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Rehearsal and performance practice

Rehearsal practices

Balinese music is essentially an oral tradition. Notated music is not normally used; a system of numbers may be used to help learn pieces in rehearsal (for example, numbering the notes of a slendro scale as notes 1-5), but pieces are mostly learned by being heard, and the performance is expected to be given from memory.

Ensemble cooperation

Any group of musicians that is playing together must cooperate to some extent, but the level of cooperation exhibited in some gamelan playing is truly remarkable. Western music, whether popular or classical, has a tendency to feature soloists, who are usually expected to deliver the melody with some personal flair and even flamboyance, while being "backed up" by less interesting parts in the rest of the ensemble. Balinese music has the opposite tendency; soloing is much less common, and even when a player does have a crucial individual responsibility, such as a drummer who is leading a group, it is the skilled performance that does not draw too much personal attention to the player that is considered the most outstanding display of musicianship.

In modern times, large gamelan are often owned by the community, and the playing of the instruments is seen as an activity that is both of and for the community. Playing in the gamelan is considered a privilege, and community members who do not play in the group may support the ensemble in other ways, such as designing costumes.

This emphasis on cooperation is seen in many different aspects of gamelan playing. Some instruments, such as the larger gong chimes, require more than one person to play a single instrument. In other cases, two instruments of the same type, played by two different people on the same part at the same time, are absolutely necessary to get the desired tuning effect (see Listening to Balinese Gamelan ). Drum parts may be so fast and complex that they require two drummers playing in extremely close cooperation.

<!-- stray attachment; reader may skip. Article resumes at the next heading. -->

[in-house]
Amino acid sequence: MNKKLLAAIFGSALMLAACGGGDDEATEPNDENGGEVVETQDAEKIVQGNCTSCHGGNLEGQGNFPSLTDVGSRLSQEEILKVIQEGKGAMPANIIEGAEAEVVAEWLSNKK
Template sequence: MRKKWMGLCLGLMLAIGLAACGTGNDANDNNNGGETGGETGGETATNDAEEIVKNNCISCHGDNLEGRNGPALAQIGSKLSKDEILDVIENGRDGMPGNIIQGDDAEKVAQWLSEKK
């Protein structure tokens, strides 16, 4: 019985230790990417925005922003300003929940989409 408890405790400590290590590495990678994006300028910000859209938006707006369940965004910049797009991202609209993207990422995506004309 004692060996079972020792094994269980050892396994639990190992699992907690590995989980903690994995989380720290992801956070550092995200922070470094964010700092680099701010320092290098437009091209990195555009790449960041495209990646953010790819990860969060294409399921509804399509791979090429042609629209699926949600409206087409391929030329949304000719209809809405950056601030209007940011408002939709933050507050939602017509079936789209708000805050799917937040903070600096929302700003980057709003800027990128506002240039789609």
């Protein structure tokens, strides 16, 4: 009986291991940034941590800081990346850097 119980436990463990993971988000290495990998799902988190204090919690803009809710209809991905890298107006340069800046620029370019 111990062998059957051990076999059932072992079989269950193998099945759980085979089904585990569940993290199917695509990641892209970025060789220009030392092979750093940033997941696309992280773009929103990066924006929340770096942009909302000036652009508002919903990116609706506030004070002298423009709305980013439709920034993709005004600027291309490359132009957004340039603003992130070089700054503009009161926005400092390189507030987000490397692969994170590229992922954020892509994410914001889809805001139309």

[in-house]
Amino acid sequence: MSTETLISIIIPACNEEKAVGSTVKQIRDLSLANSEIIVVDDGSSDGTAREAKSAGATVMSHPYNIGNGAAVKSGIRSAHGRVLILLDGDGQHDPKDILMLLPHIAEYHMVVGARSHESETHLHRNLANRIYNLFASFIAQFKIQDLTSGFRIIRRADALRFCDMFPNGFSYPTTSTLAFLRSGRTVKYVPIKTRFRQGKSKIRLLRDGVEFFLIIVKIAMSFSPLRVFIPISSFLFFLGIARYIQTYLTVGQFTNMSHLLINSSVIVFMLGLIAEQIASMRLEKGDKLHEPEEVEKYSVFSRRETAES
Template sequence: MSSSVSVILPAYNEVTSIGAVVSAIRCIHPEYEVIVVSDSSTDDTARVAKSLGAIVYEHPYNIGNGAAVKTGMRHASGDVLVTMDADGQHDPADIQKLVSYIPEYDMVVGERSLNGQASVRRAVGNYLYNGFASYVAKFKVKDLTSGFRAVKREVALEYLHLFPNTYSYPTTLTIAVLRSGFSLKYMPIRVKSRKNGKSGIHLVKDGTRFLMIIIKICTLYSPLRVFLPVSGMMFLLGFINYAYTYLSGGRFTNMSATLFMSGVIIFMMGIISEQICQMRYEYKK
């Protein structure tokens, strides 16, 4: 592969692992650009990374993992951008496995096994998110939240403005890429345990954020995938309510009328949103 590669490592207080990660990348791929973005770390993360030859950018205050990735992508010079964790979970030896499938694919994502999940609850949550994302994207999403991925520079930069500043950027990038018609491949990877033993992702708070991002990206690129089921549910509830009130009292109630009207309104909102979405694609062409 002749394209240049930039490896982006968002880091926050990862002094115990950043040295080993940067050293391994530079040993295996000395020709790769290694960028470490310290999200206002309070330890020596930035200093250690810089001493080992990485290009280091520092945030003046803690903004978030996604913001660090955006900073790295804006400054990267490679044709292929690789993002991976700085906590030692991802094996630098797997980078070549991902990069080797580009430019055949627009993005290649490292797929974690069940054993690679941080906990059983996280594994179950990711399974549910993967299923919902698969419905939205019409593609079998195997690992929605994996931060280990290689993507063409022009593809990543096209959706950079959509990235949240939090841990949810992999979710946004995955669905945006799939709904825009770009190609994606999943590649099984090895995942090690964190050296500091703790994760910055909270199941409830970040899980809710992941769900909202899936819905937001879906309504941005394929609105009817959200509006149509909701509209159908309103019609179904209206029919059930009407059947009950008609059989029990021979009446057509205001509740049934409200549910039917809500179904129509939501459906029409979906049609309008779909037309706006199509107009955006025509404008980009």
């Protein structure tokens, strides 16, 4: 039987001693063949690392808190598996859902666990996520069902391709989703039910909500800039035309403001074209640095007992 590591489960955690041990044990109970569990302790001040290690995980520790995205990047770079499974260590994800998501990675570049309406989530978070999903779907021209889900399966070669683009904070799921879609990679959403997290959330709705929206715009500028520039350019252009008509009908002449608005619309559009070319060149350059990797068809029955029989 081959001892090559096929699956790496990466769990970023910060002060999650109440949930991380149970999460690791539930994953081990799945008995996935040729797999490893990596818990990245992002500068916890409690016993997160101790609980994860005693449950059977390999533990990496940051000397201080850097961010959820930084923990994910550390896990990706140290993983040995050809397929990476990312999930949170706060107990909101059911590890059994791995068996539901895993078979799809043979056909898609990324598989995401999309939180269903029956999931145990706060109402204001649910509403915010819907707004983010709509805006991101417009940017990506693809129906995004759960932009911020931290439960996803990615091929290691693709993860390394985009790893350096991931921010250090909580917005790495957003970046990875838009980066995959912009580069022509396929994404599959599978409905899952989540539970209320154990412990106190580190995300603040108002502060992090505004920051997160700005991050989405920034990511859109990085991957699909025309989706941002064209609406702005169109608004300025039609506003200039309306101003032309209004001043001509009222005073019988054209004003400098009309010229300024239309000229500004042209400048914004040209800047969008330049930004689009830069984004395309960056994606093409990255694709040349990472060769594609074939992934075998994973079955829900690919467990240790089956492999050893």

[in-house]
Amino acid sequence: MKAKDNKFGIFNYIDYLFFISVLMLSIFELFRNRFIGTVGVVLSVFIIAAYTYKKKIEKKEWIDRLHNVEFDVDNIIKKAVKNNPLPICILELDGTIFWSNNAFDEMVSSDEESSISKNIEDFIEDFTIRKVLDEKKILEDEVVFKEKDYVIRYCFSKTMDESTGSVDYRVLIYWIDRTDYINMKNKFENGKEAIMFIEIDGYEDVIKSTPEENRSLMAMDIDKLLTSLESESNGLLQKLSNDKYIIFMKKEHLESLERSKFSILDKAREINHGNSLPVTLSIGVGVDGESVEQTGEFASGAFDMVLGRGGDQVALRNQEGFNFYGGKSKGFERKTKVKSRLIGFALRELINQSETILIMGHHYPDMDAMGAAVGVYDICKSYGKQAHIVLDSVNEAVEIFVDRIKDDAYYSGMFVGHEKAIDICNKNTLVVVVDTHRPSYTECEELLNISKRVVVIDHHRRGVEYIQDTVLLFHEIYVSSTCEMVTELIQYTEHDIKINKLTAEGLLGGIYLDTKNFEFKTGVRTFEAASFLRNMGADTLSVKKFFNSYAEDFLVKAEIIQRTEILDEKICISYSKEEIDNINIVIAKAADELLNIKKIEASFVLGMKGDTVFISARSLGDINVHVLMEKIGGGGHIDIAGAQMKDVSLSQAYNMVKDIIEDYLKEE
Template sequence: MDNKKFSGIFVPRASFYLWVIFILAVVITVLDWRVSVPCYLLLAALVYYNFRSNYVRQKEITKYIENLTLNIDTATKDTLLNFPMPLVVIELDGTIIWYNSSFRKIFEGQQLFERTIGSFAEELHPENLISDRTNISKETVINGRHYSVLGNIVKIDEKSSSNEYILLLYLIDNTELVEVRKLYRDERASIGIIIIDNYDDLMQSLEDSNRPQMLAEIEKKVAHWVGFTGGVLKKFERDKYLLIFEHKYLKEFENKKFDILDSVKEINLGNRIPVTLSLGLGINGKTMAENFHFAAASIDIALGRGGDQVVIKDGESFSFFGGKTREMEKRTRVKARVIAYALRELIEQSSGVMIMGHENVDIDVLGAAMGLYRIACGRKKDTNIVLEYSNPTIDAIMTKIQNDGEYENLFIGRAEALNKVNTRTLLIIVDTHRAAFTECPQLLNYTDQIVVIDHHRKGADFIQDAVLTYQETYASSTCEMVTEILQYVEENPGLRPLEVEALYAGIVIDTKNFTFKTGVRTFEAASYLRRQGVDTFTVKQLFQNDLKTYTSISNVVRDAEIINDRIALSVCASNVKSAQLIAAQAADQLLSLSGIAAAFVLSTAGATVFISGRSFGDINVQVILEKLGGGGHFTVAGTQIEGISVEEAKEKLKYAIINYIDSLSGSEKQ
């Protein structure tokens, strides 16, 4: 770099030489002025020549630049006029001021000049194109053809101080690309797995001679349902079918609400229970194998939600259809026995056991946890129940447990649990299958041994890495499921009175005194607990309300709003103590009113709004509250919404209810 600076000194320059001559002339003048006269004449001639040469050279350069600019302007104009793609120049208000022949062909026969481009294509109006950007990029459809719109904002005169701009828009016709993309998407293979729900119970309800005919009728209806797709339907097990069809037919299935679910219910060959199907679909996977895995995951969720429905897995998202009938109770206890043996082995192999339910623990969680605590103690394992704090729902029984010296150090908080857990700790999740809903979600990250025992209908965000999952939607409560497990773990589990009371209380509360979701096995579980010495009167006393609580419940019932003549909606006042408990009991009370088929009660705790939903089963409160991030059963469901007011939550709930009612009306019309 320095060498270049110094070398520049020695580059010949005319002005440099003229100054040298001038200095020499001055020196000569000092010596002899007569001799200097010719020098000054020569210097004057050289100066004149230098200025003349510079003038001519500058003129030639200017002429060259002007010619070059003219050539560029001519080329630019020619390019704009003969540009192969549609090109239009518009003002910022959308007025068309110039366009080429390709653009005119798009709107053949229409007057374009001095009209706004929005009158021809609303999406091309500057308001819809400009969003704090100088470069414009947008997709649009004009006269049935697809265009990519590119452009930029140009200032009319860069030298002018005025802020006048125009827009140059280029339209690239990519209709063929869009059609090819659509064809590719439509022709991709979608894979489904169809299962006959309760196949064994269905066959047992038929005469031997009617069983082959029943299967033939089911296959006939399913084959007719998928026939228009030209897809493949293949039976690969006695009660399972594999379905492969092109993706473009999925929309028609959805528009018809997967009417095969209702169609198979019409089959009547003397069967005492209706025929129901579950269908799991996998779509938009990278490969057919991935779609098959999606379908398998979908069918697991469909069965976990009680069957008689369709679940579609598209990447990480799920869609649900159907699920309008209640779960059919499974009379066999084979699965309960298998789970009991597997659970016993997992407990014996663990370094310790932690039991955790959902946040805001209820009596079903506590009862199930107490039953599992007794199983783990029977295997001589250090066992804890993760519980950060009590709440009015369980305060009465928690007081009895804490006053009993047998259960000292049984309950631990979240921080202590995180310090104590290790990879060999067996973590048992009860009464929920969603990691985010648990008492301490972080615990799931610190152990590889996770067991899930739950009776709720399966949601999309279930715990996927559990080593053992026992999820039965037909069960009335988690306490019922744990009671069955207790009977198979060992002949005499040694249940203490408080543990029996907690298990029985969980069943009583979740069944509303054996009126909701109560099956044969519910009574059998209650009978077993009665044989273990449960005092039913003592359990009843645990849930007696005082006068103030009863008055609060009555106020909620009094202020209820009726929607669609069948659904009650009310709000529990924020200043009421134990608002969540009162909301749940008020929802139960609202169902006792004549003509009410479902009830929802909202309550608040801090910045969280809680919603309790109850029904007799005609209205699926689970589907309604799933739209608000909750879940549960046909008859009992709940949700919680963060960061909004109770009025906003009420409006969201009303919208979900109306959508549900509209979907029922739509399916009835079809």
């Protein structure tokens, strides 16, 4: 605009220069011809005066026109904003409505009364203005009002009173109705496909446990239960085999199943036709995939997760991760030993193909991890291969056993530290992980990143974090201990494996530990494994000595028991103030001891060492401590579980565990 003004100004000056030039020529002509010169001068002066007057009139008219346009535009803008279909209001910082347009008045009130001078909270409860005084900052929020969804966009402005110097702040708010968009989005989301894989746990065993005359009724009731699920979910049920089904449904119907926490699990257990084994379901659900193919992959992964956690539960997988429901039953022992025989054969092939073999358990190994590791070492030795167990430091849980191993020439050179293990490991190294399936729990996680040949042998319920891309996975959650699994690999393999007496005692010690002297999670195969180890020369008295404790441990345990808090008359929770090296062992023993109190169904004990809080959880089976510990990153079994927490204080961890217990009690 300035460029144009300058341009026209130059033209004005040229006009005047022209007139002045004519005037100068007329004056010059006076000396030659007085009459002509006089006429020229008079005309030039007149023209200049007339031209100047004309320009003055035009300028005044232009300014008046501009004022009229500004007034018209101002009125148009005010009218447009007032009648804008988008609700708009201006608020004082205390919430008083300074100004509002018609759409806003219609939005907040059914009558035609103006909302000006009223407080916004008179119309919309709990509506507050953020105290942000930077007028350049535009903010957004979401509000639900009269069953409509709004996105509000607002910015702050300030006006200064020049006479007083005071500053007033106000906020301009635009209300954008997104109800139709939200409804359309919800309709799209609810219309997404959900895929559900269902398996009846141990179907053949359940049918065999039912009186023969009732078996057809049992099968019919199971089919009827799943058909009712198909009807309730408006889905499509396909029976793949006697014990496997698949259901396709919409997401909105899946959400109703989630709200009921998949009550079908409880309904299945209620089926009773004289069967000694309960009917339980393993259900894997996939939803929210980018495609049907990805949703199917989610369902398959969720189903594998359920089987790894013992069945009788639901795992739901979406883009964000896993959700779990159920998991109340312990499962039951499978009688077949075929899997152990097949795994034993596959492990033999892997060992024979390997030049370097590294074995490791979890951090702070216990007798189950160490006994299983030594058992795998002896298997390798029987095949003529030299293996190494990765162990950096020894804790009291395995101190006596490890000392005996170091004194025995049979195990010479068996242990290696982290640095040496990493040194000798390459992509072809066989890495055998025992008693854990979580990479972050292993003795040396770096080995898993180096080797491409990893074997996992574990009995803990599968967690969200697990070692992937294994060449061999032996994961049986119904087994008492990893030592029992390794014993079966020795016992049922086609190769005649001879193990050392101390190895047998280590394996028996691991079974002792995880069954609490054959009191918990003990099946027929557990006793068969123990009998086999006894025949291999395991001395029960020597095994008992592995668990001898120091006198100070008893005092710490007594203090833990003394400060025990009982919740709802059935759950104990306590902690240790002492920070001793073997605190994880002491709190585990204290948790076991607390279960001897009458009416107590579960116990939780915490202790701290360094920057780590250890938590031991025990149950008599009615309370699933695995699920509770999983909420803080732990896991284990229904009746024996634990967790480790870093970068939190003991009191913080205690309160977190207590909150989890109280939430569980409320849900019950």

This emphasis on the cooperative aspects of playing reaches its most impressive height in the playing style called kotekan , in which very fast, elaborate versions of the melody, which are so technically difficult that they cannot physically be played by a single player, are divided between two players playing the same kind of instrument, who play alternating notes in such close cooperation that they sound like a single player. (See Listening to Balinese Gamelan for more about kotekan .)

Acknowledgments and suggestions for further study

Photographs, audio, and video recordings are all courtesy of the University of Illinois School of Music and The Robert E. Brown Center for World Music of the University of Illinois at Urbana-Champaign . Special thanks go to gamelan instructor and artistic director I Ketut Gede Asnawa.

Thanks also to the Asnawa family and to all of the University of Illinois students and professors who participated in the Fall 2007 Balinese Music and Dance Concert at the University of Illinois Urbana-Champaign, for their cooperation in preparing the photos, videos, and audio recordings accompanying this lesson: including dancers Yonitika Asnawa, Yunirika Asnawa, Norshahida Ismail, Samantha C. Jones, Dewidiari Rachman, Ya-Han Tsui, Justina Whelchel, and musicians I Ketut Gede Asnawa, Putu O. Mardiani Asnawa, Tarika Asnawa, Yonitika Asnawa, Yunirika Asnawa, Taylor Briggs, James Bunch, Vincent Calianno, Joel Caracci, Samuel Carroll, Fang-chi Chang, Rosa Chang, Meghann Clancy, Philip Clark, Mark Eichenberger, Joshua Hunt, Justin Kothenbeutel, Mackenzie Martin, Andrew McBeath, Ayu Putu Niastarika, Christopher Nolte, Zackary Penckofer, Matthew Plaskota, James Price, Dewidiari Rachman, I Wayan Rachman, Christopher E. Reyman, Nur Syahida Mohd Shafei, Ahmad Azlan Shahrudin, Shahira Tunnaww Mohd Sharkar, Otto Stuparitz, Stephen Taylor, Priscilla Tse, Shane Wirkes, and Philip Yampolsky.

The music of Bali is a large subject, and only the major points that will help introduce it to the new Western listener are touched upon here. For a more technical introduction to the music played by these ensembles, including information on scales, tuning, form, and texture, please see Listening to Balinese Gamelan: A Beginners' Guide . For classroom activities that allow students to explore important aspects of gamelan music, please see Form in Gamelan Music , Gamelan-Style Melodic Elaboration , Coordinating Music and Dance , and Kotekan . For more in-depth information on the subject, the following books are recommended.

  • Gold, Lisa. Music in Bali: experiencing music, expressing culture . Oxford University Press, 2004.
  • McPhee, C. Music in Bali . Yale University Press, 1966.
  • Tenzer, Michael. Balinese Music . Periplus Editions, Berkeley and Singapore, 1991.

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Source:  OpenStax, Musical travels for children. OpenStax CNX. Jan 06, 2010 Download for free at http://cnx.org/content/col10221/1.11
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